Eleri was at one of Greentown’s multiple kindergartens. The kids were adorable and super cuddly and friendly. They enjoyed their lessons and she enjoyed teaching them. The kids and in fact parents were all super lovely (she was even asked to “teach” kids as young as 2 years old, which was a blast!) The staff/ management at the kindergarten however were a lot less enthusiastic about her presence. They generally did all they could to make life difficult including, no notice for any changes in lesson plans, springing observations on her classes last minute so that 30 parents/ school governors watched the classes “in the background”, constant requests for new materials for their other teachers’ classes, being generally rude to her etc. On top of all this she signed a contract with a maximum of 20 hours/week teaching, but the kindergarten insisted she have a 3 hour lunch break every day, resulting in her effectively working full time as the kindergarten was too far away from the apartment to return home at lunch (even with an ebike). So, for example a Friday’s lessons would consist of class from 8:30am till 12 noon, then a break of almost 4 hours to have a 15 minute class at 3:45pm. After many complaints about this they still would not let her move these 15- 30 minute teaching slots at the end of the day to another time- instead they simply added more classes/ work. So, she ended up having to wait in her office for approximately 15 hours a week (which they saw as a perfect opportunity to get her to translate the school’s website).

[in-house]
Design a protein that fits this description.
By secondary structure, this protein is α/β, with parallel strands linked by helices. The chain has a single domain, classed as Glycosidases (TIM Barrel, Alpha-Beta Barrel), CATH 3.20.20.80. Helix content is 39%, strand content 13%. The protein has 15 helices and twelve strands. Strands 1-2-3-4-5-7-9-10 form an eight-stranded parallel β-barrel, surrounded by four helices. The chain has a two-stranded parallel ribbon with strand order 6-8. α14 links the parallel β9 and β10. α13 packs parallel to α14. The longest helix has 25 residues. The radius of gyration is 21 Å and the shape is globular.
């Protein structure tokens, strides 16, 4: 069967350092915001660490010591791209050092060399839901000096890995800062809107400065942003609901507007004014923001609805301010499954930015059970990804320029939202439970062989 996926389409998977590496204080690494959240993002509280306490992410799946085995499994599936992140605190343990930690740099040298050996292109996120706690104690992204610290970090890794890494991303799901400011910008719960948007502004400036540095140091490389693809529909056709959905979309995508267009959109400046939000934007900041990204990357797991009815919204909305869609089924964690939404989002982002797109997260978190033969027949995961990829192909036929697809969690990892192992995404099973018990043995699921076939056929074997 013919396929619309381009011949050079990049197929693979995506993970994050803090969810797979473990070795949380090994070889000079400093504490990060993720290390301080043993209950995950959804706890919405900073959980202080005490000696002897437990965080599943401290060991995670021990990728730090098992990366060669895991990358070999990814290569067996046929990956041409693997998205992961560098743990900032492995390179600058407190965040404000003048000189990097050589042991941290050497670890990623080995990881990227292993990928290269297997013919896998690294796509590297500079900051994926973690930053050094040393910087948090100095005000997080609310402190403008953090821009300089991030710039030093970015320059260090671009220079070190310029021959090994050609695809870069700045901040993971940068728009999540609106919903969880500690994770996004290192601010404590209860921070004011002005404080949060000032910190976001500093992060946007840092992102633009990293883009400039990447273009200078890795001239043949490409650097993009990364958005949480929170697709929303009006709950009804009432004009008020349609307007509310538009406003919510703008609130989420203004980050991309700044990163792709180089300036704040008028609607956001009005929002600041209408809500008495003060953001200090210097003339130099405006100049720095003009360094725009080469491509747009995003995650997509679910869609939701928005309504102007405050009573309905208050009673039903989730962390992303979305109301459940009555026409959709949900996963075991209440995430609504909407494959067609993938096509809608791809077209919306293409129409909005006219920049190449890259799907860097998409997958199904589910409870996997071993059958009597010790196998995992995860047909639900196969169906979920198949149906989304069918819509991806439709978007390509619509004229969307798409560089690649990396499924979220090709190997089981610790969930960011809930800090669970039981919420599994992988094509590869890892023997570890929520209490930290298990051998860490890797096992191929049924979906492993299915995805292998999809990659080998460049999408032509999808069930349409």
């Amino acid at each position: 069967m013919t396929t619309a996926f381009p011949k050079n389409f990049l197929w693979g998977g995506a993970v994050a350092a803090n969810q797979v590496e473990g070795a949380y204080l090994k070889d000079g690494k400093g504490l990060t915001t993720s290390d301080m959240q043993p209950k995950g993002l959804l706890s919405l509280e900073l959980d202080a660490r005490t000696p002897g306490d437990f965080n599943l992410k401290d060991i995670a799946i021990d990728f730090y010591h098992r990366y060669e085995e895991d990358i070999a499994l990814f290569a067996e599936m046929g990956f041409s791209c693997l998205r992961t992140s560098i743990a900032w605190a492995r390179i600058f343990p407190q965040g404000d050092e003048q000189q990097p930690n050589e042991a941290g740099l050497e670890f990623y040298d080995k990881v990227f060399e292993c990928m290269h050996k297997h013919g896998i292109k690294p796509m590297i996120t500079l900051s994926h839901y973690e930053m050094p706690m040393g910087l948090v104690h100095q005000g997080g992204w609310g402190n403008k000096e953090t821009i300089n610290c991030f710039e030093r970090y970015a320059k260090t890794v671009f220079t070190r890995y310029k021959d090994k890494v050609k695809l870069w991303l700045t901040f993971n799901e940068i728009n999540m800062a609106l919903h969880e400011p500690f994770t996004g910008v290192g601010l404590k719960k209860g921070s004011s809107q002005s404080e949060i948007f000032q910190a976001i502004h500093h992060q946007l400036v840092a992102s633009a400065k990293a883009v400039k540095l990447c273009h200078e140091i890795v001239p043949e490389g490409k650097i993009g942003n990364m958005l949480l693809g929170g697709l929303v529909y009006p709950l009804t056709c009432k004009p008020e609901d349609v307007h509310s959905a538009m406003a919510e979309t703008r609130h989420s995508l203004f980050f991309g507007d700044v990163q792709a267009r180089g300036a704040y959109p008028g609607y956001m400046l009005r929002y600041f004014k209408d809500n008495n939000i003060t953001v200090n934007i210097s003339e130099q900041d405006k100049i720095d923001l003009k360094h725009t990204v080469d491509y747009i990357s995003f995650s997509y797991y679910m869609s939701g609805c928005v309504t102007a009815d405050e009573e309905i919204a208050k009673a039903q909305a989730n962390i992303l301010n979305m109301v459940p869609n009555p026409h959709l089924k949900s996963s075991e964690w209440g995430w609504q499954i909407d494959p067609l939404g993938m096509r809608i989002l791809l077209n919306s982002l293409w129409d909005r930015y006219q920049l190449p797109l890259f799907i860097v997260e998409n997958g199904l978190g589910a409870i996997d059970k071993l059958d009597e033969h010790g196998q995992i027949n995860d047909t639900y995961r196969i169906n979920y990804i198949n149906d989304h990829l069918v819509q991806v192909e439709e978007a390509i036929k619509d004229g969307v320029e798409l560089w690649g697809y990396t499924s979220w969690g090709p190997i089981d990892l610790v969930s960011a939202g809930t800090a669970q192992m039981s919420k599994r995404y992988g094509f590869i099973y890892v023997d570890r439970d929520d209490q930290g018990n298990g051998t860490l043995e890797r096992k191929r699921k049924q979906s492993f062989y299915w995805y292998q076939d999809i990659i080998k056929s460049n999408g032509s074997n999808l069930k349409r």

Haida: I’ve seen reviews on this page before, and I think the problem with agencies is that everyone has such a different experience. For us, though, Haida was rubbish. They rushed us to China, saying the school would be annoyed if we weren’t there on time, told us we’d get a weeks training, which turned into 4 hours of some old English guy showing us videos of his students praising his teaching (completely irrelevant) and occasionally mentioning old teaching theories. When we mentioned we’d covered all that in University, and in our CELTA training, he condescendingly told us CELTA isn’t all that good, but then talked for ten minutes about how he used to be a CELTA trainer. When we asked genuine questions he shot them down (for example, what do you do in a class of 40 when you’re having discipline problems? Answer: I wouldn’t know, I’ve never in my career had a discipline problem in one of my class), and he was generally unhelpful.